“It features a fairer pricing model, especially for low- mileage or infrequent drivers with no compromise to the insurance coverage,” he adds.
“Unlike other insurers, Etiqa grants the upfront 50 per cent discount with no prerequisites and pre-submission of historical driving data required, making the process fuss-free and convenient for drivers.”
Its model is based on quarterly billing rather than the traditional annual basis.
A driver is given a pre-set mileage of 1,500km per quarter. If the mileage for each quarter is within 1,500km, no additional charges will be imposed. If the driver exceeds the limit, he is billed based on the exceeded mileage at a rate of as low as six cents per km.
Etiqa guarantees that even with the top-up, the total premium will be less than the standard premium under a traditional car policy, which in this sample case is $800.
Etiqa’s ePROTECT sMiles operates based on a simple bluetooth connection, so no device needs to be installed. It measures a driver’s travelled distance via a telematics app and provides driving tips afterwards. A small bluetooth beacon device is provided.
MSIG offers control over damage excess
MSIG Insurance launched UMax in June after a successful six-month pilot study last year.
It found that 85 per cent of drivers who participated agreed that the use of telematics had encouraged them to drive better.
Drivers who sign up for UMax will get a telematics device installed for free to record driving data. A rebate of up to $150 is given once the device is in place. Each journey is assessed and given a score based on the distance, speed and driving style, such as cornering, acceleration and braking.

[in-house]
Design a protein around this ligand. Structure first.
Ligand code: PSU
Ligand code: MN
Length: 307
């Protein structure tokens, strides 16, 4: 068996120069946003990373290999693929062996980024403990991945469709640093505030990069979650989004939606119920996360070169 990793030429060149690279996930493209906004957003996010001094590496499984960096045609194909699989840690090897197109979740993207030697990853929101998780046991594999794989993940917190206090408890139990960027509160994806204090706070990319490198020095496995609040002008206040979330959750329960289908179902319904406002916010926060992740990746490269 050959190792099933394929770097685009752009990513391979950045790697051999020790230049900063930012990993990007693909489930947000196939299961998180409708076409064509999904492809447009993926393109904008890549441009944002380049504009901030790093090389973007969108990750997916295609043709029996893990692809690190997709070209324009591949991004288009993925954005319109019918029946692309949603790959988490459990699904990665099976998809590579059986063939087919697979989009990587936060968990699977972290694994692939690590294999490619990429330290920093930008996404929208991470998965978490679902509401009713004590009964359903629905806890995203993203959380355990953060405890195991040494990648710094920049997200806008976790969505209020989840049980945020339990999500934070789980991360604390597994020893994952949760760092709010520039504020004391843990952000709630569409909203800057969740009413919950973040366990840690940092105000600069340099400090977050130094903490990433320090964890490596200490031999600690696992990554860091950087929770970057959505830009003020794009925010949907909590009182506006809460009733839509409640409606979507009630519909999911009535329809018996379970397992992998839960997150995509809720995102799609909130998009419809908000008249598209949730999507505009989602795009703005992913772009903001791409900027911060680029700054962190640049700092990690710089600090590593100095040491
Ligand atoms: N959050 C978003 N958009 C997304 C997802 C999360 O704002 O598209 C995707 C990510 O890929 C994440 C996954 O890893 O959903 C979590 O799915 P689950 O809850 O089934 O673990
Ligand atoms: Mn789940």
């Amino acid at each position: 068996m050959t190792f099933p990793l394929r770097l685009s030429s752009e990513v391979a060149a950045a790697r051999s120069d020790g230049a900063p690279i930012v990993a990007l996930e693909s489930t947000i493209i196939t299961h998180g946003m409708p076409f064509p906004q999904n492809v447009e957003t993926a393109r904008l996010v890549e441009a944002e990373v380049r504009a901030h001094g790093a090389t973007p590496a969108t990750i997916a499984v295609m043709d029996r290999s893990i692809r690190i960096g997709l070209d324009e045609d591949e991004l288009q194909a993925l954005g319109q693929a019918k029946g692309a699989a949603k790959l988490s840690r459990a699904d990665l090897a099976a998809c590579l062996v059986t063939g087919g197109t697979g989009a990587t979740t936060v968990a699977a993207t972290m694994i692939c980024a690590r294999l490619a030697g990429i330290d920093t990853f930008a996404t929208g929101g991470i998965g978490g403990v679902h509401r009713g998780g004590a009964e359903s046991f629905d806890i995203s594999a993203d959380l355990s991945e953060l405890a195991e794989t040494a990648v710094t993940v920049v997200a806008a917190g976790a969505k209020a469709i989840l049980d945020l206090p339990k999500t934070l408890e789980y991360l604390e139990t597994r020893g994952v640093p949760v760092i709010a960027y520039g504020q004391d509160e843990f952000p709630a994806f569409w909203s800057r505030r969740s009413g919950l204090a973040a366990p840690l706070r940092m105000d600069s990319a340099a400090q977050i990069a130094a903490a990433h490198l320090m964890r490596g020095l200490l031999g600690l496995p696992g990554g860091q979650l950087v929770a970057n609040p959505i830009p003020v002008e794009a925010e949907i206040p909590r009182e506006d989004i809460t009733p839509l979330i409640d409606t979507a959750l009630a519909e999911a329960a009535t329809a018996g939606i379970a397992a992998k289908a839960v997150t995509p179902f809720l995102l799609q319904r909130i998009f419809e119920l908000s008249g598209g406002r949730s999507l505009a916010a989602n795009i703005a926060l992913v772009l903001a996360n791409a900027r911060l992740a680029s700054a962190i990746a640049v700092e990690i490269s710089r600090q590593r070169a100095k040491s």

Under UMax, drivers have better control over their excess after the first 60-day period during which their data will be assessed for their driving style.
In the event of an accident, drivers can reduce their damage excess by half if they had achieved a driving score within the “yellow” band in the 30-day period before the accident. A complete waiver of the excess is granted if the score is within the “green” band.
MSIG uses a plug-in telematics device to track driving behaviour while other schemes typically use mobile phone-based telematics. Plug-in hardware provides more accurate feedback of driving behaviour and is considered a more precise barometer than mobile apps, says MSIG.
Mobile phone-based telematics software relies on built-in smartphone sensors, which are not designed with vehicle telematics applications in mind and cannot produce the same level of data accuracy as a plug-in device.
Flexibility and savings with Income
NTUC Income started offering FlexiMileage and Drive Master from last October. The schemes let motor insurance customers influence their premiums either based on the annual kilometres travelled or on their driving behaviour.
This is designed for private car owners who drive less than 9,000km a year and consent to have a telematics device installed. Low-mileage drivers get up to 35 per cent off their motor premiums if they clock less than 5,000km a year or 20 per cent off if they drive between 5,000 and 9,000km.
Mr Bill O’Connell, Income vice-president of motor insurance, says: “This scheme enables drivers to save more on their insurance premium because they spend less time on the road.”
INCOME’S DRIVE MASTER
Designed to reward drivers for good driving behaviour, Drive Master allows individuals to be more aware of their driving habits through feedback from a smartphone application that automatically tracks and assesses behaviour on each trip.
It is based on four criteria – driving speed, manoeuvres, drive time and mileage. Drivers are given a cumulative score out of 100; those who meet the minimum score of 70 get a discount of up to 20 per cent off motor insurance premiums.
Open to all private car owners, the two schemes are free for Income motor policyholders. It has more than 2,500 users of the Drive Master application and over 300 under FlexiMileage.